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Submission + - Facial recognition app lets users find strangers on Facebook by taking their pic (telegraph.co.uk)

tripleevenfall writes: A facial recognition app that can identify strangers from a photograph has been created by a British entrepreneur. Facezam can identify people by matching a photo of them with their Facebook profile. All users have to do is take a picture of someone on the street and run it through the app, which will tell them who it thinks the person in the photo is.

"Facezam could be the end of our anonymous societies," said Jack Kenyon, founder of Facezam. "Users will be able to identify anyone within a matter of seconds, which means privacy will no longer exist in public society."

Facezam claims to be able to link most photos with a profile on the social network within 10 seconds. The app, which will launch on iOS on March 21, has been tested on more than 10,000 images to date with a 70 per cent accuracy.

Robotics

A Rogue Robot Is Blamed For a Human Colleague's Gruesome Death (qz.com) 407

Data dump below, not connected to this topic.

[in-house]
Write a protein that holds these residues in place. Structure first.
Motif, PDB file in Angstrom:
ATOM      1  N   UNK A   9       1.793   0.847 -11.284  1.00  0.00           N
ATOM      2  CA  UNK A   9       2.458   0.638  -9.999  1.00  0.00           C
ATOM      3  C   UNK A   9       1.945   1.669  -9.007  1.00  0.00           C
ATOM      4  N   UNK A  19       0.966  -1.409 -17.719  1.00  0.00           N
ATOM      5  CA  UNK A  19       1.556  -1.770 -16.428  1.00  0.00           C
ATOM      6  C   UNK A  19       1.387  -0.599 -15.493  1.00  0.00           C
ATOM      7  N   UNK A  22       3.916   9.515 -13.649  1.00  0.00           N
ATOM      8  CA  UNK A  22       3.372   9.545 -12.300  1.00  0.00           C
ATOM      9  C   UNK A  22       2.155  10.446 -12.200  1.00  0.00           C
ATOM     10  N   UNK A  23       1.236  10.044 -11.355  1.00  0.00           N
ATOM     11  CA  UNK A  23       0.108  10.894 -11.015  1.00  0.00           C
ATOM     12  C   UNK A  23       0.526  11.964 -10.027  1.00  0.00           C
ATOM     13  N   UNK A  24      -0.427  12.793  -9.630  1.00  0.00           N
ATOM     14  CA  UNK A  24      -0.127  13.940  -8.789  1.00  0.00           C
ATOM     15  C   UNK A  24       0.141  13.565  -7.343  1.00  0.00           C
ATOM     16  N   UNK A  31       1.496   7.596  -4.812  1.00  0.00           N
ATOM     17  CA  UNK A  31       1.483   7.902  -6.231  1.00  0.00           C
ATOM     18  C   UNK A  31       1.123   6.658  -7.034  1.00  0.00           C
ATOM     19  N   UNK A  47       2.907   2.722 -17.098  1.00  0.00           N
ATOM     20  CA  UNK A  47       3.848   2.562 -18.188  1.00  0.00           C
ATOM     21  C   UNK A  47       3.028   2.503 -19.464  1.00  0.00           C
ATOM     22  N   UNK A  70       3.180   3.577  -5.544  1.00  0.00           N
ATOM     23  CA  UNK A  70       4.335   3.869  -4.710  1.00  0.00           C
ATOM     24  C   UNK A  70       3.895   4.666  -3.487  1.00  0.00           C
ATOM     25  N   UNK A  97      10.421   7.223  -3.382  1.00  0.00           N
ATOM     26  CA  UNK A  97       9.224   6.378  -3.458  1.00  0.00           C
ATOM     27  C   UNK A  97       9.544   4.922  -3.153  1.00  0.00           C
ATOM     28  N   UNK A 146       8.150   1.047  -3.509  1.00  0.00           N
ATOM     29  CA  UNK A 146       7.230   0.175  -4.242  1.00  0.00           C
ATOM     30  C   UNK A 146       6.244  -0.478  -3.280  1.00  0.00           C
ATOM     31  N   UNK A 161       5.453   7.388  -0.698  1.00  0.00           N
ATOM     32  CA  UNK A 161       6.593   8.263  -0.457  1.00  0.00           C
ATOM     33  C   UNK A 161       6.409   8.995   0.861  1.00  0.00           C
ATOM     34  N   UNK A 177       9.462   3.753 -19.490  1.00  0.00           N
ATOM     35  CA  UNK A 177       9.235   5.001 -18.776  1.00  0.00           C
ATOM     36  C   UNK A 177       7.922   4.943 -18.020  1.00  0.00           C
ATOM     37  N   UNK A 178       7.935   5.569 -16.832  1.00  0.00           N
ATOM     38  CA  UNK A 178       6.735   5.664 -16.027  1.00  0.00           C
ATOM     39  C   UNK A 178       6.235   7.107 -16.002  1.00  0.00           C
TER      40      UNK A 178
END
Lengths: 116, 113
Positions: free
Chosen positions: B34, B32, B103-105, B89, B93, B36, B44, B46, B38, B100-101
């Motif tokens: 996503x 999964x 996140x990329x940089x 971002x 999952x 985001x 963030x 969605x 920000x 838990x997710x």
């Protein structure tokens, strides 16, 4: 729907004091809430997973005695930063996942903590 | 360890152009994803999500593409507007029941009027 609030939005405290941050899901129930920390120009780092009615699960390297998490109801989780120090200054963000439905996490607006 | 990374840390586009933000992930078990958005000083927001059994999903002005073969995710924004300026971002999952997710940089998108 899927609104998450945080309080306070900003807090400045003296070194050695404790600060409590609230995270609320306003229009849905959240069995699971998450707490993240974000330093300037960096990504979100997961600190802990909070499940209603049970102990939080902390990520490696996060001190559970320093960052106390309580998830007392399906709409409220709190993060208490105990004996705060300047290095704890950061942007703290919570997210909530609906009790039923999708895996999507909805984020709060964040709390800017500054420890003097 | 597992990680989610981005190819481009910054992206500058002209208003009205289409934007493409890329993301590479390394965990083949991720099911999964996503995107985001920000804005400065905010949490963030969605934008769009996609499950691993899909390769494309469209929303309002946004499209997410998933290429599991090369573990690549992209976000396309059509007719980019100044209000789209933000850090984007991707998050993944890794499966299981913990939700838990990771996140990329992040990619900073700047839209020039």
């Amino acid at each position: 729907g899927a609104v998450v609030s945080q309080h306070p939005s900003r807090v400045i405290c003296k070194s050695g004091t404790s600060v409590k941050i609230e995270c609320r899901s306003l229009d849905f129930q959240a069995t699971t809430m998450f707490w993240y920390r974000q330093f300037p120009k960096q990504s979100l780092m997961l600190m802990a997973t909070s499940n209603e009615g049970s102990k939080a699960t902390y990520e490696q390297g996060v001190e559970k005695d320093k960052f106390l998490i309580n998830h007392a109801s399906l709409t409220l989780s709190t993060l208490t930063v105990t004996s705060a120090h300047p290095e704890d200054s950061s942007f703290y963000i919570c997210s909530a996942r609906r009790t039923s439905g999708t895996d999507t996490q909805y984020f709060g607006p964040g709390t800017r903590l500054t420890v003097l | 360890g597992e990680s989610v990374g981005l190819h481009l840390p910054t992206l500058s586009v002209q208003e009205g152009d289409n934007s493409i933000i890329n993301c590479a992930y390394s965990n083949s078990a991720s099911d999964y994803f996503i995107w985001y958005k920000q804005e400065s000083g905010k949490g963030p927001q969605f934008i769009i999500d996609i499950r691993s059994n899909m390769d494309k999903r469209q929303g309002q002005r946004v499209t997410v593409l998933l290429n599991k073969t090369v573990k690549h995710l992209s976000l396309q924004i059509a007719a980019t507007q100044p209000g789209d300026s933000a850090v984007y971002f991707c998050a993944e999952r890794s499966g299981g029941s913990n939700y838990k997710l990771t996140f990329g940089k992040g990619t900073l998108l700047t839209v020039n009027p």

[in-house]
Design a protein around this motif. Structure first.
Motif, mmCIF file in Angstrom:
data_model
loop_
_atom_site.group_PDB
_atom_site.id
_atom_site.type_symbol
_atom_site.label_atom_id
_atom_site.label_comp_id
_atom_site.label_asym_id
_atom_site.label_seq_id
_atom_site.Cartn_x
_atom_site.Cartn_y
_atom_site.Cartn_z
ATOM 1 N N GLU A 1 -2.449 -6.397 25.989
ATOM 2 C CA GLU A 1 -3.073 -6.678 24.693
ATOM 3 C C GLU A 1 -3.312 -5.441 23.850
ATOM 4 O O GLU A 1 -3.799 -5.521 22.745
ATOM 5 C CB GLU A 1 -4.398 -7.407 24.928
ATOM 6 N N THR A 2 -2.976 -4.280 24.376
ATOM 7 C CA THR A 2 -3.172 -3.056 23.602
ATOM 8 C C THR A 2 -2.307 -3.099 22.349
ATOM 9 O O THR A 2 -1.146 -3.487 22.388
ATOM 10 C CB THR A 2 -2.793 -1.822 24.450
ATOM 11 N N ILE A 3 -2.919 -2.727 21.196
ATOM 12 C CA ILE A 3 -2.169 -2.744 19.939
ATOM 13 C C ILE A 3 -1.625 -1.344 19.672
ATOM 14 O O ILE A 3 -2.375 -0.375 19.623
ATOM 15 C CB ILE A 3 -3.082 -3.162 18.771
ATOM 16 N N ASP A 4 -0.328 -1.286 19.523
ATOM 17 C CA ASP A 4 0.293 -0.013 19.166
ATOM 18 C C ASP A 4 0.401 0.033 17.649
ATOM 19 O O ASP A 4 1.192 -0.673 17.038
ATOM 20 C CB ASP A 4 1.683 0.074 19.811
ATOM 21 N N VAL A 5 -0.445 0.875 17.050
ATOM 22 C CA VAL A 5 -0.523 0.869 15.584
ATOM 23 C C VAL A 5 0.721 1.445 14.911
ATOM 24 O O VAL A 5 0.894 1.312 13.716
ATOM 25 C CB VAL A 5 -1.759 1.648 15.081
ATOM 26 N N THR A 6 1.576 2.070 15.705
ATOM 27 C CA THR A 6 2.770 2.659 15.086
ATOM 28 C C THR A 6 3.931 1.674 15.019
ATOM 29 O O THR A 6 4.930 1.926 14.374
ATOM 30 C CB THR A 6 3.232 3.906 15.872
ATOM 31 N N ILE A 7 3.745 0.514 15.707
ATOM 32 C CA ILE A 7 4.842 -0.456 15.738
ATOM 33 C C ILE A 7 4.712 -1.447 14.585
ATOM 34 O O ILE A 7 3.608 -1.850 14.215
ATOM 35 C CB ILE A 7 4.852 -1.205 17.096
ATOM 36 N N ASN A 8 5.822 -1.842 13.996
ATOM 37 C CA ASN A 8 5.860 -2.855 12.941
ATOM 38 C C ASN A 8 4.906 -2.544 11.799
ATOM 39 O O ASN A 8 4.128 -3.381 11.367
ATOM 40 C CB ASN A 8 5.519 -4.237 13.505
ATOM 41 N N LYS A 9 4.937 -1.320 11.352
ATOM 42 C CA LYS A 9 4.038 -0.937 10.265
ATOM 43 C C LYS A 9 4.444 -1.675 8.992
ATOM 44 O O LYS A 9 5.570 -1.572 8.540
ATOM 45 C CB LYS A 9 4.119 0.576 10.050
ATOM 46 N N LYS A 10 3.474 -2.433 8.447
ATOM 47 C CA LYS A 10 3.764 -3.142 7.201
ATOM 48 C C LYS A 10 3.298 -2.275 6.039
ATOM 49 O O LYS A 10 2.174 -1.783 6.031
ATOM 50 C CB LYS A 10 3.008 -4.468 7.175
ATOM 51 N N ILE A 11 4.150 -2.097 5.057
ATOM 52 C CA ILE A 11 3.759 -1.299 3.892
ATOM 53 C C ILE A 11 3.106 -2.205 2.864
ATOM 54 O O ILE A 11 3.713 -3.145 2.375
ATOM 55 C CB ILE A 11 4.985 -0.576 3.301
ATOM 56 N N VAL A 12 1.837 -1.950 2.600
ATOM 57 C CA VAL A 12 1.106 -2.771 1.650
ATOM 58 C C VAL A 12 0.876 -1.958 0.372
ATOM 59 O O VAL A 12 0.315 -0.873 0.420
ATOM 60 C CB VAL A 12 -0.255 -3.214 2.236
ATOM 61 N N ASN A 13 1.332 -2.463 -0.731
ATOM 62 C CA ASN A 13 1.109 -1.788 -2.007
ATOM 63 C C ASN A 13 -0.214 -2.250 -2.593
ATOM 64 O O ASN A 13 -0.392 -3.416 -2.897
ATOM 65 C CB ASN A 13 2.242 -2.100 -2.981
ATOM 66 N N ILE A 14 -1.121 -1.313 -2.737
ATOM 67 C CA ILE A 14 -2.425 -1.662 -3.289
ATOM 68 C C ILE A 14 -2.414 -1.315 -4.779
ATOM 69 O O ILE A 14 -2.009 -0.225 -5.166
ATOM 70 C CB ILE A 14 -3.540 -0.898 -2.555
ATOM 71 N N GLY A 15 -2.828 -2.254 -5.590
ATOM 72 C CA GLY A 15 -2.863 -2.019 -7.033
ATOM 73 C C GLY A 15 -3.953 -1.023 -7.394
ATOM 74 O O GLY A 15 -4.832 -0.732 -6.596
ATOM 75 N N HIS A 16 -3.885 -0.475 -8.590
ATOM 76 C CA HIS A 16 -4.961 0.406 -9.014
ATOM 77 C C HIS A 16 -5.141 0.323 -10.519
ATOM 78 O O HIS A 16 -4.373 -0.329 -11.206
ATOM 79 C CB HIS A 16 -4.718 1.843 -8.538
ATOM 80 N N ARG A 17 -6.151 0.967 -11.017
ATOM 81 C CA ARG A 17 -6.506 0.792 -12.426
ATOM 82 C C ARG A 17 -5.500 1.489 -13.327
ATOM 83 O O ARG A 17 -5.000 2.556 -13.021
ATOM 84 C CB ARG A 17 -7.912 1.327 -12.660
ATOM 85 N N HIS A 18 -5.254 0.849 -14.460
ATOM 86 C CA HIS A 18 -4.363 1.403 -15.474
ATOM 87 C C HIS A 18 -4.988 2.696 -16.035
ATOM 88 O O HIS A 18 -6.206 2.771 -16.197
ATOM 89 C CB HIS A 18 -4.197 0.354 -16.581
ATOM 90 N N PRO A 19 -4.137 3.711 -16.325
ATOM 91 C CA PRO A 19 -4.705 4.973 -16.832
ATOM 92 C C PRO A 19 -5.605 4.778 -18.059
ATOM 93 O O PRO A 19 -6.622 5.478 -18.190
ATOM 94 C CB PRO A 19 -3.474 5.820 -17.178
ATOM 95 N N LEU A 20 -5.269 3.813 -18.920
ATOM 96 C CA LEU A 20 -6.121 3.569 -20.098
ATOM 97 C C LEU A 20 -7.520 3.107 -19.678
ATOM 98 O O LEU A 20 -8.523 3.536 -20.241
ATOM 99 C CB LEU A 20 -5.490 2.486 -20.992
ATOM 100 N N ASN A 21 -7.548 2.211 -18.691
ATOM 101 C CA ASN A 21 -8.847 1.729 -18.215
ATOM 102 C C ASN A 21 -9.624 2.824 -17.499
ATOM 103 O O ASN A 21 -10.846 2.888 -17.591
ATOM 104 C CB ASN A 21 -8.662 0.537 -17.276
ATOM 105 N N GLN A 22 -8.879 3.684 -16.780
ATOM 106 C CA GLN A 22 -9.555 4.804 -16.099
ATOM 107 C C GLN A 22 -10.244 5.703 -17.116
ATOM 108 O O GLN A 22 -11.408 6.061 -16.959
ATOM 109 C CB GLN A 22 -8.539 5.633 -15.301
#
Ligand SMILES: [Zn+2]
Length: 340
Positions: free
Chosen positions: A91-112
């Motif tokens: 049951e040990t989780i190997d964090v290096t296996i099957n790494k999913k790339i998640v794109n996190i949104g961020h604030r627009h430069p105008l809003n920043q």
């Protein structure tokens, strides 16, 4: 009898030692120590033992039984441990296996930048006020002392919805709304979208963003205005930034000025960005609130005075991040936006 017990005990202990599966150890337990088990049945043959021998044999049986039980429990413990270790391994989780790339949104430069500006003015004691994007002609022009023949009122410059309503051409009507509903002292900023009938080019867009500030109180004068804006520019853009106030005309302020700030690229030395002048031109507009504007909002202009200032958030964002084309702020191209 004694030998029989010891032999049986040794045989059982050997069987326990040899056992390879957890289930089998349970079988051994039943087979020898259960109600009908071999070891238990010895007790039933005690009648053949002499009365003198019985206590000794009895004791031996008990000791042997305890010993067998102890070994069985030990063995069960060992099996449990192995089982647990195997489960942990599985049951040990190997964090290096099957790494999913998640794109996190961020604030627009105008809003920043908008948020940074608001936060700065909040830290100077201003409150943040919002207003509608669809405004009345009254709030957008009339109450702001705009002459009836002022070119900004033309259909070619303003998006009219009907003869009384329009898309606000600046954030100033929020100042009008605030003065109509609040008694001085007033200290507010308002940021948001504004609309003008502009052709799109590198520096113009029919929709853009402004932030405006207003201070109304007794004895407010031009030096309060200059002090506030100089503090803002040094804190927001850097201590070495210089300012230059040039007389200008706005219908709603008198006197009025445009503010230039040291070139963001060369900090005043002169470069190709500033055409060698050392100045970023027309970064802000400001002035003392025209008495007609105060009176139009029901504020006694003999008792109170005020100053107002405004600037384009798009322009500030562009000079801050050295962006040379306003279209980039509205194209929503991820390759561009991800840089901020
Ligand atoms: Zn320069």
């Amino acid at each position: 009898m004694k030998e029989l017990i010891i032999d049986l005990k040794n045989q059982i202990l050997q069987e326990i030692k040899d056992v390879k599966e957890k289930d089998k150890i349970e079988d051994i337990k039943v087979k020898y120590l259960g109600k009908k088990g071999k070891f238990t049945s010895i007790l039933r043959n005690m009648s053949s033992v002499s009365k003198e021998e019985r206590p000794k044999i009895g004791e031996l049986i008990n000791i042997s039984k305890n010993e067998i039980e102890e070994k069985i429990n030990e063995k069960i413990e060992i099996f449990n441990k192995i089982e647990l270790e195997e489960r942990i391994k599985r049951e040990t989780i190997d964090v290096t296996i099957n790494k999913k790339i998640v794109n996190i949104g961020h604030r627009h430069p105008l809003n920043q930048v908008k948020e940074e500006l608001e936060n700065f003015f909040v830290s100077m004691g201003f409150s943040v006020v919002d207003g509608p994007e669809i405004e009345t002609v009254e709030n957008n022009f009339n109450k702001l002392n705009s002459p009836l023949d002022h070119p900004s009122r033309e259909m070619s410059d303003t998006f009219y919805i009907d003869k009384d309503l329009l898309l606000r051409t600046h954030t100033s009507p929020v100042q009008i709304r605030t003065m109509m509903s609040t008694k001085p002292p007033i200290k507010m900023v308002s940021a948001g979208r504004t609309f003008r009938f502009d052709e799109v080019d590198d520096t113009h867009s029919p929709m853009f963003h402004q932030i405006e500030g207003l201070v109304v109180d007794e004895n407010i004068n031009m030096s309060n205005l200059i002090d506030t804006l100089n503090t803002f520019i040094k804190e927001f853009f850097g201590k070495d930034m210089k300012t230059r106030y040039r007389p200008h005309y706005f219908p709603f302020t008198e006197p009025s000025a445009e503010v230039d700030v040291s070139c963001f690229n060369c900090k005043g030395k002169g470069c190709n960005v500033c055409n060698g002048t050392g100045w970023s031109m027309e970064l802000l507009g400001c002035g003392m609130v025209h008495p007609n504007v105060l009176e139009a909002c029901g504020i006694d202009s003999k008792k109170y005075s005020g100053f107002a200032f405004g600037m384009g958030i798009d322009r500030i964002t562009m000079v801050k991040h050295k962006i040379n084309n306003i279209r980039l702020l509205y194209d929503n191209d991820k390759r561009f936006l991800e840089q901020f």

A new lawsuit has emerged claiming a robot is responsible for killing a human colleague, reports Quartz. It all started in July 2015, when Wanda Holbrook, "a maintenance technician performing routine duties on an assembly line" at an auto-parts maker in Ionia, Michigan, called Ventra Ionia Main, "was 'trapped by robotic machinery' and crushed to death." From the report: On March 7, her husband, William Holbrook, filed a wrongful death complaint (pdf) in Michigan federal court, naming five North American robotics companies involved in engineering and integrating the machines and parts used at the plant: Prodomax, Flex-N-Gate, FANUC, Nachi, and Lincoln Electric. Holbrook's job involved keeping robots in working order. She routinely inspected and adjusted processes on the assembly line at Ventra, which makes bumpers and trailer hitches. One day, Holbrook was performing her regular duties when a machine acted very irregularly, according to the lawsuit reported in Courthouse News. Holbrook was in the plant's six-cell "100 section" when a robot unexpectedly activated, taking her by surprise. The cells are separated by safety doors and the robot should not have been able to move. But it somehow reached Holbrook, and was intent on loading a trailer-hitch assembly part right where she stood over a similar part in another cell. The machine loaded the hardware onto Holbrook's head. She was unable to escape, and her skull was crushed. Co-workers who eventually noticed that something seemed amiss found Holbrook dead. William Holbrook seeks an unspecified amount of damages, arguing that before her gruesome death, his wife "suffered tremendous fright, shock and conscious pain and suffering." He also names three of the defendants -- FANUC, Nachi, and Lincoln Electric -- in two additional claims of product liability and breach of implied warranty. He argues that the robots, tools, controllers, and associated parts were not properly designed, manufactured or tested, and not fit for use. "The robot from section 130 should have never entered section 140, and should have never attempted to load a hitch assembly within a fixture that was already loaded with a hitch assembly. A failure of one or more of defendants' safety systems or devices had taken place, causing Wanda's death," the lawsuit alleges.